Montana State's Sizzling Second Half Sends the Bobcats Dancing! - Montana State University Athletics (2024)

Montana State's Sizzling Second Half Sends the Bobcats Dancing! - Montana State University Athletics (1)

Garrett Becker

  • Box Score




23-11,12-6 Big Sky

Montana State's Sizzling Second Half Sends the Bobcats Dancing! - Montana State University Athletics (5)

Score By Periods
Team 1 2 F
Montana St. MSU 32 53 85
Montana Mont 38 32 70

Game Recap: Men's Basketball | | Bill Lamberty

The Cats beat the Grizzlies in the Big Sky Championship Game

Three minutes into the second half of Wednesday's Big Sky Championship game, Montana led the Bobcats 49-38. The Grizzlies hadn't trailed for the previous 15 minutes of game time and appeared in control. And then the game, and the entire 2023-24 season, took an unexpected turn.

Or rather, an unexpected Turner.

Eddie Turner III hit a turnaround jumper in the lane to key a 15-2 run that completely flipped the game to Montana State. The result was an 85-70 win that propelled the Cats into the NCAA Tournament for the sixth time in history and the third consecutive year, which ties a record set by Weber State from 1978-80 when the league tourney consisted of just four teams.

Turner III finished with 15 points, but his backcourt mate led the charge. Robert Ford III scored a game-high 22 points, grabbed nine rebounds, and registered five steals on his way Big Sky Tournament MVP Honors. "He has put this team on his back from an identity perspective, and it's been amazing," Logie said of Ford III.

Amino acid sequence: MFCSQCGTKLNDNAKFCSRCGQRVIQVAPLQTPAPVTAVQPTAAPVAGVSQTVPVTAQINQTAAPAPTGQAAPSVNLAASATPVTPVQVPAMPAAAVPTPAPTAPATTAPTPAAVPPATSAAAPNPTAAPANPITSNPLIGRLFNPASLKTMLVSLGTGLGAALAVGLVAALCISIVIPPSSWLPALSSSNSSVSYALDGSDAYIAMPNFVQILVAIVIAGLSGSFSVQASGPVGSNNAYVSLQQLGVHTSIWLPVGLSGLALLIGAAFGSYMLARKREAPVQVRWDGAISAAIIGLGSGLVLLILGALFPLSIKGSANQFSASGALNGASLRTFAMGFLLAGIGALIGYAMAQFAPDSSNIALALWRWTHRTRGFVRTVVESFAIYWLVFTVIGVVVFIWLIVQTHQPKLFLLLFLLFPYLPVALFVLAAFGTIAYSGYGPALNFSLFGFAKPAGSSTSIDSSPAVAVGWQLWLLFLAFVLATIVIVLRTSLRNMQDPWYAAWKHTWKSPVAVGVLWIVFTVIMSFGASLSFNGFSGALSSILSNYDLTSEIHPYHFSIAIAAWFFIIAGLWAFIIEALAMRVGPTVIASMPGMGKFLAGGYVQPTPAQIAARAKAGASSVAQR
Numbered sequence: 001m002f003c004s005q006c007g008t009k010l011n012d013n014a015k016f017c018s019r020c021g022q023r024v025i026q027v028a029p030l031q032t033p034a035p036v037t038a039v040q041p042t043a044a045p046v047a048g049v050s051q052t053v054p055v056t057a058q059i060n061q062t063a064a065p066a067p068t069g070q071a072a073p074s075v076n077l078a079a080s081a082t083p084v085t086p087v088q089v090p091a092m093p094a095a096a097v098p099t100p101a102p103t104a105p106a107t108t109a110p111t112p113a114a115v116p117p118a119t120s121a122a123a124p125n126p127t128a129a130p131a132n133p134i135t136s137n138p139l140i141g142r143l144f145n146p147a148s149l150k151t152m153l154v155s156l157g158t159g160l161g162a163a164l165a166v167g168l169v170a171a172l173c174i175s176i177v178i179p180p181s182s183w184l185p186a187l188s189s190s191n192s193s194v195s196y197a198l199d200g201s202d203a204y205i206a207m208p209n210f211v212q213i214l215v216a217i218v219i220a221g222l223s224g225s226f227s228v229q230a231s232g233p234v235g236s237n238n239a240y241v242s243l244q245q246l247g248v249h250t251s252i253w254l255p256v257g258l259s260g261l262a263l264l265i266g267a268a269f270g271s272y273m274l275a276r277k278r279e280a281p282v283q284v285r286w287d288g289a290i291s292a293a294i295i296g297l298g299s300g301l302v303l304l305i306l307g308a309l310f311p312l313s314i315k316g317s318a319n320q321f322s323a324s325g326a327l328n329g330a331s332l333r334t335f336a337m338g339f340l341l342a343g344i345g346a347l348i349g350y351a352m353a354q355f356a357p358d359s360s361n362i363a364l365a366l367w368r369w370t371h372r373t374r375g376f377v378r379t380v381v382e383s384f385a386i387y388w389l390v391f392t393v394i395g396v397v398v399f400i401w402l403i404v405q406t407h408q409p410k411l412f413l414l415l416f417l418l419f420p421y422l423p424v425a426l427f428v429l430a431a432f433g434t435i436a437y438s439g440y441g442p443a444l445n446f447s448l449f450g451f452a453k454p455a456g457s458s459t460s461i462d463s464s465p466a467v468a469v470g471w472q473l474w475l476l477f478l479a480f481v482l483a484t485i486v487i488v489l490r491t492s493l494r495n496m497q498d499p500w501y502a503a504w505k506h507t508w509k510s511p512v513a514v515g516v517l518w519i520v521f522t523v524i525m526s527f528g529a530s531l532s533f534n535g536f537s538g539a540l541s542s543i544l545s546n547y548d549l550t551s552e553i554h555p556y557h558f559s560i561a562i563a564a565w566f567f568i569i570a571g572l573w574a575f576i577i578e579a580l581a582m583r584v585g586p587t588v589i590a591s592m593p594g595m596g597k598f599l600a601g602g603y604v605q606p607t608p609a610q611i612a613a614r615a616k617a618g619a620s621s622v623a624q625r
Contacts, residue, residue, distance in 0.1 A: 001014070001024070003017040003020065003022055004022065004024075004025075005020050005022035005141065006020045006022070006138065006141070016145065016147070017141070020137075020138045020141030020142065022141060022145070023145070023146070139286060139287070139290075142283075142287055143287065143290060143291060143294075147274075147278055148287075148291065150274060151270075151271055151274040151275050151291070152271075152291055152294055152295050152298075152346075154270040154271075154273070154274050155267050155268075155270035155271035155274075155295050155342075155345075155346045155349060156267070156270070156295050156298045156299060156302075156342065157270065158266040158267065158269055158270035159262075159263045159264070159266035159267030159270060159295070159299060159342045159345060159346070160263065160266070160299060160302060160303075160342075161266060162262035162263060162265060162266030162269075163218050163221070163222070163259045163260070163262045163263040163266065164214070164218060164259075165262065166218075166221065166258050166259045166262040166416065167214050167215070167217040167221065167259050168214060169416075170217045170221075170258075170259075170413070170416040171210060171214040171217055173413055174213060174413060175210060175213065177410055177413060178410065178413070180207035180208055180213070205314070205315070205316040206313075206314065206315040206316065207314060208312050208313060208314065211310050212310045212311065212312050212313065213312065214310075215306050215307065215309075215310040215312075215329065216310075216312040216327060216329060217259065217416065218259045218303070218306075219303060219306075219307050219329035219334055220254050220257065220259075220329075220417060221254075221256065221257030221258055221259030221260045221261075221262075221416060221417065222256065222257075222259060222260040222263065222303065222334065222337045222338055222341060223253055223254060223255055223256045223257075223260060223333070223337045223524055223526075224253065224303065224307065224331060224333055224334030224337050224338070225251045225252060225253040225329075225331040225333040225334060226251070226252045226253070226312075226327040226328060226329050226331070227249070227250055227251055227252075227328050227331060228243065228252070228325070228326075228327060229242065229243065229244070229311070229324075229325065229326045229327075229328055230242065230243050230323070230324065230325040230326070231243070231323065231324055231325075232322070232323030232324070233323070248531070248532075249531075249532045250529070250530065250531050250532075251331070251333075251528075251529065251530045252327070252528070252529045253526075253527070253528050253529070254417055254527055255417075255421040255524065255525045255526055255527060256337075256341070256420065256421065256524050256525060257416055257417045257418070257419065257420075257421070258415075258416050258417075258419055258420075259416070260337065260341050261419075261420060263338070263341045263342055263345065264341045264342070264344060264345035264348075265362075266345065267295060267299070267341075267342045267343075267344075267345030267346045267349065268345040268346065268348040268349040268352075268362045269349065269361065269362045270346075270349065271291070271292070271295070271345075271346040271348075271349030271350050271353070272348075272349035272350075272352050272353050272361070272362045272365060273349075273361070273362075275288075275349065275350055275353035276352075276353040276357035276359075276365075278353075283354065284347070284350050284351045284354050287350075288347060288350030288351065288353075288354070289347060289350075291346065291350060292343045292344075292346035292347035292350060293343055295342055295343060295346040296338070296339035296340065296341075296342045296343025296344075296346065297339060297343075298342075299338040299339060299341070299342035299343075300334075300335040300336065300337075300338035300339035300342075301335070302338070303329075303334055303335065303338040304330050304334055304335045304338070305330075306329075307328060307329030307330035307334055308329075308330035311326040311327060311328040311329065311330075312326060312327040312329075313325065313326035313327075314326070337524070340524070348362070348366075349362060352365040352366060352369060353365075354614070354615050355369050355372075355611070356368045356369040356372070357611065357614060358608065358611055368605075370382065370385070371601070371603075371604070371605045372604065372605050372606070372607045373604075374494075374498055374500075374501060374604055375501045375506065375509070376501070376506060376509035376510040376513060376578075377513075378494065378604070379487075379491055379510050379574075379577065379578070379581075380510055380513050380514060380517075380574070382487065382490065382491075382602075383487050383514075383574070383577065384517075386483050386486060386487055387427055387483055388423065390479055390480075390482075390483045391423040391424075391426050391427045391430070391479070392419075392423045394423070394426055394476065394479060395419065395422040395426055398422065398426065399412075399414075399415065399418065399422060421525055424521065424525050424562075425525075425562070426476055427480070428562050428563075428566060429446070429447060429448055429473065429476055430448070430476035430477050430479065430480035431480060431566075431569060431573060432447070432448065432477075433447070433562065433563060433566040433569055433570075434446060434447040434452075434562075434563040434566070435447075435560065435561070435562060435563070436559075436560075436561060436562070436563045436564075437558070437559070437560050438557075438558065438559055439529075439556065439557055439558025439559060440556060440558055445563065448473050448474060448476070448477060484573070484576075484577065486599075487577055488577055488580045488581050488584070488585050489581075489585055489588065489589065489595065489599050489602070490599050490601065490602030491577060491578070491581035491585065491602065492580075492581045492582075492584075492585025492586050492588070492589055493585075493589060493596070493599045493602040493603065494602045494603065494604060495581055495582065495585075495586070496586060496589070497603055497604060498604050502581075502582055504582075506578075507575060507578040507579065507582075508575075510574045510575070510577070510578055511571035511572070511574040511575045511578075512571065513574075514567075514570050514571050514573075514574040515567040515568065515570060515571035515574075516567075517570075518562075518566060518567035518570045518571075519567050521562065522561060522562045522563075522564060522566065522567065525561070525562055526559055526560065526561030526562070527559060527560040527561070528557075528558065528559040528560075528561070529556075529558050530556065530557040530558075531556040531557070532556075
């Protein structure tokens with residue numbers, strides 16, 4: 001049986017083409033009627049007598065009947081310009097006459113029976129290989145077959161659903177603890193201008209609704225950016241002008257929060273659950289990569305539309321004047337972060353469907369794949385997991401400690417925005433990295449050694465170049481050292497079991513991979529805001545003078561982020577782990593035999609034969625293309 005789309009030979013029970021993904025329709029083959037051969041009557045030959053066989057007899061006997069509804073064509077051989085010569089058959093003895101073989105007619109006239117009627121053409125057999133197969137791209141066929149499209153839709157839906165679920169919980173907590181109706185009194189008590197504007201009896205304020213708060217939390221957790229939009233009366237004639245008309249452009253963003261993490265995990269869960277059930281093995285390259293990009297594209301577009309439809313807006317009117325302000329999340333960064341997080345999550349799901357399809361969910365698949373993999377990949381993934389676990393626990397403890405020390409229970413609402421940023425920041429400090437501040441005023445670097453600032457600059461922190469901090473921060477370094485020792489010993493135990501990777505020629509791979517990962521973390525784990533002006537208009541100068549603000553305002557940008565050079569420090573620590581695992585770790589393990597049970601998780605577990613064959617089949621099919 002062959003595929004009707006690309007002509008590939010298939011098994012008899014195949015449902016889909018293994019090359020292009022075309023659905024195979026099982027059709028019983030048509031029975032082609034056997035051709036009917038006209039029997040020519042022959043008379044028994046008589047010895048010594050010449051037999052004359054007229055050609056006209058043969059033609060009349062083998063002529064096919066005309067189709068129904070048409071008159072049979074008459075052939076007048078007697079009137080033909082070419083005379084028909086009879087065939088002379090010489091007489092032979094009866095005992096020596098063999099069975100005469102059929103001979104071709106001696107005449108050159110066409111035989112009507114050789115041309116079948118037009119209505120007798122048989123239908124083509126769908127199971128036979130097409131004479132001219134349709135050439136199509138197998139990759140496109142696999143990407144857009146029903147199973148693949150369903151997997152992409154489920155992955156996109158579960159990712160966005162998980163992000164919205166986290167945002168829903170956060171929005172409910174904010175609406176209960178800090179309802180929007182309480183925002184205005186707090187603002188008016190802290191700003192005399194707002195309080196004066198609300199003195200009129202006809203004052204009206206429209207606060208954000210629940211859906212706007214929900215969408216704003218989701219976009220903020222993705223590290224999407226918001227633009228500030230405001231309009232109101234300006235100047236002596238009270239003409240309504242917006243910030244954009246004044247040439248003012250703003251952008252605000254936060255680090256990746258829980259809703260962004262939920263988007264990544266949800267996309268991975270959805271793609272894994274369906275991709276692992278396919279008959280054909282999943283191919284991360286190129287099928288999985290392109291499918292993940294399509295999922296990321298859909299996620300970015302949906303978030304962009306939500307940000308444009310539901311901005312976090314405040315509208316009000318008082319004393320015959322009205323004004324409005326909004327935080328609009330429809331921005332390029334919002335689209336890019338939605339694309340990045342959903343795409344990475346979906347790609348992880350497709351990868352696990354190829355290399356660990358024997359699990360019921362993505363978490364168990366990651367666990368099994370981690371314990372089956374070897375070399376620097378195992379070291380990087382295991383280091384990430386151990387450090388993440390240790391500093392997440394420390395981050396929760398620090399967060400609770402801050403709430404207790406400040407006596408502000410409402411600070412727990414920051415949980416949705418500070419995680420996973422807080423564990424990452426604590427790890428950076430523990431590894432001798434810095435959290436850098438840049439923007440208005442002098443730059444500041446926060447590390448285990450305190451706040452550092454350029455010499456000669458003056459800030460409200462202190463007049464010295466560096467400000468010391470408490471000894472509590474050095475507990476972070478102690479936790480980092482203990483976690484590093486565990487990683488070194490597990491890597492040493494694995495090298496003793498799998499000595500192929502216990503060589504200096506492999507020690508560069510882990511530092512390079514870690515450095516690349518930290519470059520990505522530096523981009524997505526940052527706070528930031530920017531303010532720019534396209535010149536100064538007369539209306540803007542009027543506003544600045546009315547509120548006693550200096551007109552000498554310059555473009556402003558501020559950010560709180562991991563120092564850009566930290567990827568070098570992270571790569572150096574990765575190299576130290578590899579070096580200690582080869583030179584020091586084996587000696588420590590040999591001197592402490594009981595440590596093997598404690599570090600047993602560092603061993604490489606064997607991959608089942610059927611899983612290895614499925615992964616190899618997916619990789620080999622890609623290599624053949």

Ford III and Turner III received plenty of support. John Olmsted scored a career-high 16 points, Brandon Walker added 14 points and six rebounds, and Sam Lecholat grabbed six boards, as well.

Still, Montana thoroughly dominated the five minutes that sandwiched halftime. The Grizzlies used a 21-9 scoring run that led to the 11-point lead at the 17 minute mark of the second stanza. MSU coach Matt Logie said that his team's perseverance and renewed commitment on defense turned the tide. "We talked at halftime about the fact that we've been playing our best basketball in the second half," the team's first-year leader said. "We tweaked a couple of things defensively that allowed us to get some stops."

After Montana built its largest lead, Montana State's run covered 15 minutes. So thoroughly did the Cats dominate their arch-rival in that time that MSU constructed scoring runs of 10-1, 14-0, and 12-3. MSU held the Grizzlies to 1-14 shooting over the championship-deciding 11-minute stretch of the second half, and for the 15 minutes that began with the Grizzlies leading 49-38 the Cats outscored Montana 41-9.

Forty-one to nine.

"41-9 is ridiculous," Logie said on the Big Sky Courtside show.

Five different Bobcats contributed to the scoring during that stretch. Ford III scored 12, Turner III 10, Patterson eight, Olmsted seven, and Walker four. But Montana State's second-half domination went further than individual basket-making. The Cats shot 58 percent after halftime to UM's 43 percent, shot 33 percent from three-point range to 20 percent, hit 78 percent of its free throws to 67 percent, and committed just one turnover to Montana's 11.

The story of the first half was told in the foul column and at the free throw line. From the game's first possession, when MSU's Brian Goracke was whistled for a foul, the Grizzlies drew nine fouls and were whistled for only four, and turned that into 10 made free throws on 13 attempts while the Cats shot only four.